VOL. X. -July, 1839.

when viewed in connection with the divine attributes, naturally gives rise to many anxious inquiries which we may find it difficult to answer. We are prone to ask, Why in the full foresight of such a result God should have permitted man to be thus tempted, thus overcome, and thus involved in sin, misery, and death, when he could easily have prevented it? But the true question is, Whether he could have prevented it without doing violence to the nature of man as a free agent, and consistently with the great ends which he had proposed to himself in his creation. By his very constitution he was endowed with free will, and therefore liable to temptation and transgression; and infinite wisdom foresaw that it would be productive of more ultimate good that man should be a free moral being, though he might abuse his freedom, than that he should be made otherwise. He therefore created him, as Milton happily expresses it

"Sufficient have stood, but free to fall.'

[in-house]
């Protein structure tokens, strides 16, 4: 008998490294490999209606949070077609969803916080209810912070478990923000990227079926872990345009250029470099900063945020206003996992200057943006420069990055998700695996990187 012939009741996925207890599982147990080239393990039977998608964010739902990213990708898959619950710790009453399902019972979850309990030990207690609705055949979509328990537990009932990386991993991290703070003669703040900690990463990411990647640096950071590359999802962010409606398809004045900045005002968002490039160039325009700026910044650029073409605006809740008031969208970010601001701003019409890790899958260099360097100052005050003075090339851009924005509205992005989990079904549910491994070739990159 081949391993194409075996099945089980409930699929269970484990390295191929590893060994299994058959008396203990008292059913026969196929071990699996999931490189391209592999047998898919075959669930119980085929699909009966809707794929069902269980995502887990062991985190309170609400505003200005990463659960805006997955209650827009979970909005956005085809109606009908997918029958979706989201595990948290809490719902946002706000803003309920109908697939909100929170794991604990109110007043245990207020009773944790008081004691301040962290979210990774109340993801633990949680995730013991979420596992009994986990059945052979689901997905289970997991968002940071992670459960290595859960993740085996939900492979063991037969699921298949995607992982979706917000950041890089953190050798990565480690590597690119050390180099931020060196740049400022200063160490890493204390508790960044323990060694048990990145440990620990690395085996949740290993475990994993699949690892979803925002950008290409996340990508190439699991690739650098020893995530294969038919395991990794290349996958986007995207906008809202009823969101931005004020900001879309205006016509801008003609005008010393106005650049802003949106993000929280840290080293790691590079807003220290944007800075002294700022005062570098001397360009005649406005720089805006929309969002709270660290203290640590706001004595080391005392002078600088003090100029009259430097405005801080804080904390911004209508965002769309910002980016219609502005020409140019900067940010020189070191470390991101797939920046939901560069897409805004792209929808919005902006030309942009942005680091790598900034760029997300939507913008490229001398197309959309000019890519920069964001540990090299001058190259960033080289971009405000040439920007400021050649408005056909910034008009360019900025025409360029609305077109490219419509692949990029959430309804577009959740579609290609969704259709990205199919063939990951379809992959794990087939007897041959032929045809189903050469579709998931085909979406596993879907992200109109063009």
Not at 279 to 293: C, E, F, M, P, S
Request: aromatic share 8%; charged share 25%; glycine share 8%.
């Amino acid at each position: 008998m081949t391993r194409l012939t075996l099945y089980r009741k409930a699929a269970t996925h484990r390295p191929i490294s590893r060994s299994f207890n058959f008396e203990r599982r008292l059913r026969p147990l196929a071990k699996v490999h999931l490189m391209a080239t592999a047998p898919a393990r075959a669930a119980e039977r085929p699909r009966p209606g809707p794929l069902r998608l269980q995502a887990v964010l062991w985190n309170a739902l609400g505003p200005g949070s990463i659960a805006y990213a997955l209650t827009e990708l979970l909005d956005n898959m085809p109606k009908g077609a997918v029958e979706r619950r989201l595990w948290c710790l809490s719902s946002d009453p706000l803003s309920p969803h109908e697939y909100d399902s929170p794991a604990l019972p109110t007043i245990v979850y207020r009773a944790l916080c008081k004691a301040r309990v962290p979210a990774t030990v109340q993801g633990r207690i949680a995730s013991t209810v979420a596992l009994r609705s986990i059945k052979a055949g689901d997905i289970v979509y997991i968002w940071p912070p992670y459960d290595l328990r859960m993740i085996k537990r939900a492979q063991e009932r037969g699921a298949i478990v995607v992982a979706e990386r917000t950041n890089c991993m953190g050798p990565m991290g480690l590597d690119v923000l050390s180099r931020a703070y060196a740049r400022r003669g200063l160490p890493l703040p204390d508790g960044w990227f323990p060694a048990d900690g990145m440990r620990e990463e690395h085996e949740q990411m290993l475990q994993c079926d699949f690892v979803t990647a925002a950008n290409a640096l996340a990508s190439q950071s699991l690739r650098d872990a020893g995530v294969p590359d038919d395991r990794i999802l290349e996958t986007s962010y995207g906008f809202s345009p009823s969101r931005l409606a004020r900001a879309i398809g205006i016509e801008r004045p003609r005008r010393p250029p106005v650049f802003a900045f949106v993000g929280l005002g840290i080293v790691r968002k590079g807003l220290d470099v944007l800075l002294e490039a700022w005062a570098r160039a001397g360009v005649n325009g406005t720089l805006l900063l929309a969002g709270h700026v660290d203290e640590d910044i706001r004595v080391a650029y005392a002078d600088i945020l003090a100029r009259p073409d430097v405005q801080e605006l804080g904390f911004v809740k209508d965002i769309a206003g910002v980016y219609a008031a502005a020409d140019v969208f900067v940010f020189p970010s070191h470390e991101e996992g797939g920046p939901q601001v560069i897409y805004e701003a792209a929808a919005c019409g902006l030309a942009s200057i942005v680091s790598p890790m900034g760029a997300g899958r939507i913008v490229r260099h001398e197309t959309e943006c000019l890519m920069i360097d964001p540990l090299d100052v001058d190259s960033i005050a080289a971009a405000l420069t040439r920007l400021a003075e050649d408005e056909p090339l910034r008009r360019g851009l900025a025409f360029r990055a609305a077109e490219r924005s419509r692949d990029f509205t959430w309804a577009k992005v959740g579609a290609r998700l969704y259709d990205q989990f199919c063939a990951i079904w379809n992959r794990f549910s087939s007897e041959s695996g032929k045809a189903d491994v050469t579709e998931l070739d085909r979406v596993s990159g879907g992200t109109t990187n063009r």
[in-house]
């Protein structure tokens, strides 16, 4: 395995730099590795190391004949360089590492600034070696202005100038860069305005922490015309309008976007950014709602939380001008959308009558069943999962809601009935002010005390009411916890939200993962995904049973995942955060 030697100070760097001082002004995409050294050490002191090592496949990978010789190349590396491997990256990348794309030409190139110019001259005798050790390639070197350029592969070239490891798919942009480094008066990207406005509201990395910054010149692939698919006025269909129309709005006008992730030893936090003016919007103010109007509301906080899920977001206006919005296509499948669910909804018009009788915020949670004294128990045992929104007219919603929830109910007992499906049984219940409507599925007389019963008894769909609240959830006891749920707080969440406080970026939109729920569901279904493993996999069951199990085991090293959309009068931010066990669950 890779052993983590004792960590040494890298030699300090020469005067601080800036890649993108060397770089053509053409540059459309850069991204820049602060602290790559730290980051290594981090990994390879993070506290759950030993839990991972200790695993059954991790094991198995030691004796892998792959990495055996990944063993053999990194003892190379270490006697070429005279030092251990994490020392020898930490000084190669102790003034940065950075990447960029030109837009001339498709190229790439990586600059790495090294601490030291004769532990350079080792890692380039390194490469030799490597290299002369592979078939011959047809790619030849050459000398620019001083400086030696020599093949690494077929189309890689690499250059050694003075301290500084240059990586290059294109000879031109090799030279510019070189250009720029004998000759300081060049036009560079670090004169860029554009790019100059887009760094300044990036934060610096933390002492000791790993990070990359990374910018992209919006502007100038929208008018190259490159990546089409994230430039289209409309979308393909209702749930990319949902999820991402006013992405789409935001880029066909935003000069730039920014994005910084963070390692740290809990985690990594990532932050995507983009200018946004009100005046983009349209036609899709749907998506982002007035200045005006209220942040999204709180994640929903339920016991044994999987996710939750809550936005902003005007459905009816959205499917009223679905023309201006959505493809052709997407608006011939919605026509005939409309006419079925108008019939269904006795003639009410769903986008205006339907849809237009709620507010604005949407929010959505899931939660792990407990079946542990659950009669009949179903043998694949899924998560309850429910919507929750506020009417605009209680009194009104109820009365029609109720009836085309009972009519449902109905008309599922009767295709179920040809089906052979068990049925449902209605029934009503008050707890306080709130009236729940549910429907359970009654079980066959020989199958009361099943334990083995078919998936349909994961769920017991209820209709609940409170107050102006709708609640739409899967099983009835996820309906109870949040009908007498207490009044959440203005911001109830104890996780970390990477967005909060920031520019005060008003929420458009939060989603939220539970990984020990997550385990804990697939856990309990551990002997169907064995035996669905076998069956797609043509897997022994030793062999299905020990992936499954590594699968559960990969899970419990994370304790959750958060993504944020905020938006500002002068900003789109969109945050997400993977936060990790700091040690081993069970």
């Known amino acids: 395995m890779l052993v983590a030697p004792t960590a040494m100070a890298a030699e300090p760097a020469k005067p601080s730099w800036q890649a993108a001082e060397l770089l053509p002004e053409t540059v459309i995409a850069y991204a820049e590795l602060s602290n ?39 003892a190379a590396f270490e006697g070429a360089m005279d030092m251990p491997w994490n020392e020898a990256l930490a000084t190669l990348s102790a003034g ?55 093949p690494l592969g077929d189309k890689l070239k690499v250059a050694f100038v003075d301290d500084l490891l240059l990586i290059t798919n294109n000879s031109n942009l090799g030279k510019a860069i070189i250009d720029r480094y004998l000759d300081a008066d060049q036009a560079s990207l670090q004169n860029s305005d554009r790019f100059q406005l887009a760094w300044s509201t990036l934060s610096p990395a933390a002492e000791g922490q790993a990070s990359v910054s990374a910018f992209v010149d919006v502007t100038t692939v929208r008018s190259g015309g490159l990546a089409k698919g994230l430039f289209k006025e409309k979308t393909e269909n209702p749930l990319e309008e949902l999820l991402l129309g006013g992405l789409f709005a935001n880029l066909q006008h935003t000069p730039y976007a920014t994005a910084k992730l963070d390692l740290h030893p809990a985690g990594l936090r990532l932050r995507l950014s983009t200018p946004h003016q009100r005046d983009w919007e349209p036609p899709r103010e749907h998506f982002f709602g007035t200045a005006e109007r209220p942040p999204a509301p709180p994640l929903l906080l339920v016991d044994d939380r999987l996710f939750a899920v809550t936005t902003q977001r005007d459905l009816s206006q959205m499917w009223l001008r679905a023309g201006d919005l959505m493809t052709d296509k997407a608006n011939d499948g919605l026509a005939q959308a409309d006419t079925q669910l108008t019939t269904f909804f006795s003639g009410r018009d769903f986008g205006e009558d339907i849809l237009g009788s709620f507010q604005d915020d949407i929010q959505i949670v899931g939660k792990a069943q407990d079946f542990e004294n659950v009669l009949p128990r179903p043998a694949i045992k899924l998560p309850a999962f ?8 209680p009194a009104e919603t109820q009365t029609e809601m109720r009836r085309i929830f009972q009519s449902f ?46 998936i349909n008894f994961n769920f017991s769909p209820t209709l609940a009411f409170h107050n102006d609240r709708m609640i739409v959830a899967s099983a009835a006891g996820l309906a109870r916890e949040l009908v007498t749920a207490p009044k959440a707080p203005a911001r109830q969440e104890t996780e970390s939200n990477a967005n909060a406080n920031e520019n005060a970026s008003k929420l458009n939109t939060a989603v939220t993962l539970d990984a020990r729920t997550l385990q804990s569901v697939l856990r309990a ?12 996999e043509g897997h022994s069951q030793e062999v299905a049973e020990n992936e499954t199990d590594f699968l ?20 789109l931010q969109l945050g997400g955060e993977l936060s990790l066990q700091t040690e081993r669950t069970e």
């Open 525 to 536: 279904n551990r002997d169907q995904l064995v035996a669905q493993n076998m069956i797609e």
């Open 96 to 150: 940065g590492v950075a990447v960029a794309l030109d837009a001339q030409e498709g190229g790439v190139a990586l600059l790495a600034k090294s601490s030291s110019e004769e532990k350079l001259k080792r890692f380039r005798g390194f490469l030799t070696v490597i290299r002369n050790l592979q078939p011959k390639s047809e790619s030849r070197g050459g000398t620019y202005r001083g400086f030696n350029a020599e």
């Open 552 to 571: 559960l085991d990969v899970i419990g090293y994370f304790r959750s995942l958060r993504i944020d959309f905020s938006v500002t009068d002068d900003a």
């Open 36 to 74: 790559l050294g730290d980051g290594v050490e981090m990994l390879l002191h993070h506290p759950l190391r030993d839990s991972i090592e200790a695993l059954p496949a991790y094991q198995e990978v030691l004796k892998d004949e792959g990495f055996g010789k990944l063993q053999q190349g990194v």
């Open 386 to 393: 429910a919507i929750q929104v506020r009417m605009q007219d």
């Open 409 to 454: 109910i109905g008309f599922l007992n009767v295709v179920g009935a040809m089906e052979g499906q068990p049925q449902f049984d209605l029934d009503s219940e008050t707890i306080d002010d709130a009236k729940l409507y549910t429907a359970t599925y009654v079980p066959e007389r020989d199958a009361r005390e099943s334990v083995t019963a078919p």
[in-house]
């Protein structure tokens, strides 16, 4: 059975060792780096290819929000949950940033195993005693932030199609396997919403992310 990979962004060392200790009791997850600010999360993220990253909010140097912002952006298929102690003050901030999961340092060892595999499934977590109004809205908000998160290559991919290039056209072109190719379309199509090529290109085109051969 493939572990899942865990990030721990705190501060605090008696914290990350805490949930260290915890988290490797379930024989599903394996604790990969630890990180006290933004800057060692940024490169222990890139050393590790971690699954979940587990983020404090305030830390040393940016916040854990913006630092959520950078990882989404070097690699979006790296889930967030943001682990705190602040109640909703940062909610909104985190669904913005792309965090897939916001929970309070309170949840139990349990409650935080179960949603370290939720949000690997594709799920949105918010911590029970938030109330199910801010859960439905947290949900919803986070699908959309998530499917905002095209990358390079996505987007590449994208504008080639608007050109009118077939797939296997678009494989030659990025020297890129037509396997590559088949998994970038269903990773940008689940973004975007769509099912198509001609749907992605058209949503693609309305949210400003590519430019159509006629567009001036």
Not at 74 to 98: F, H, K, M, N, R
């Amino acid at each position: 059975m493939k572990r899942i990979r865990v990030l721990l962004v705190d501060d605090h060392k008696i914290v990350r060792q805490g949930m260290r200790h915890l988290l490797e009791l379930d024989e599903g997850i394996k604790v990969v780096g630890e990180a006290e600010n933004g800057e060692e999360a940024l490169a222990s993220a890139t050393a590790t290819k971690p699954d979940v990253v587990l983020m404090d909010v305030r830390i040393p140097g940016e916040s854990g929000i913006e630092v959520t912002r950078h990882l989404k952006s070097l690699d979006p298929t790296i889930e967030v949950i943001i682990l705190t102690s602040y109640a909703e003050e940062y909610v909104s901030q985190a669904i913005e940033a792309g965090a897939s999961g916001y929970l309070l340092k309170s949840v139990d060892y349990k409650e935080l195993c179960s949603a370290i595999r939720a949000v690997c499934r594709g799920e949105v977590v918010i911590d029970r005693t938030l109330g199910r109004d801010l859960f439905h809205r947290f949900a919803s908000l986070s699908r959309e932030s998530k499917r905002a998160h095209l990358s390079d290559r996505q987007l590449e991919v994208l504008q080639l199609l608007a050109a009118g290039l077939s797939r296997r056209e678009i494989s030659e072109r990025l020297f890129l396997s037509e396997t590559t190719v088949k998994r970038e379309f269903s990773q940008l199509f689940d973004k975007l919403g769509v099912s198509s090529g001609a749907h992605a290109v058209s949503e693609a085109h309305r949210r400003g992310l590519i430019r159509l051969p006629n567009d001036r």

And having placed him in a state of probation, surrounded by mo. tives, of which some induced to obedience and some to disobedience, but with perfect liberty of choice, an easy duty was enjoined, and the penalty of transgression laid before him. He had abundant power and abilities to enable him to stand the test. He was under no compulsion to disobey. His Maker had set life and death before him, and left it to his own unforced volition which to choose. Had Omnipotence interposed in these circumstances, and exercised a supernatural influence upon his freedom of will to prevent his sin, he had thereby destroyed the foundation of all the merit of obedience, and put it out of his power to make any trial of him at all. It would have been to govern him not as a free, but as a necessary agent; and any reward for his conduct would in that case have been as absurd as to reward the sun for shining, or the rivers for running into the ocean. Man therefore fell, not by any inevitable necessity, but by the abuse of his free agency; and to say that God did not interpose to prevent it, is merely to say that he did not see fit to do violence to the moral nature of the being he formed, but left it to be influenced according to the laws to which he had made it subject. And this he did, because he saw that, in its bearings on the vast scheme of his government, this course would tend finally to produce a far greater degree of glory to himself and of happiness to his creatures than any other."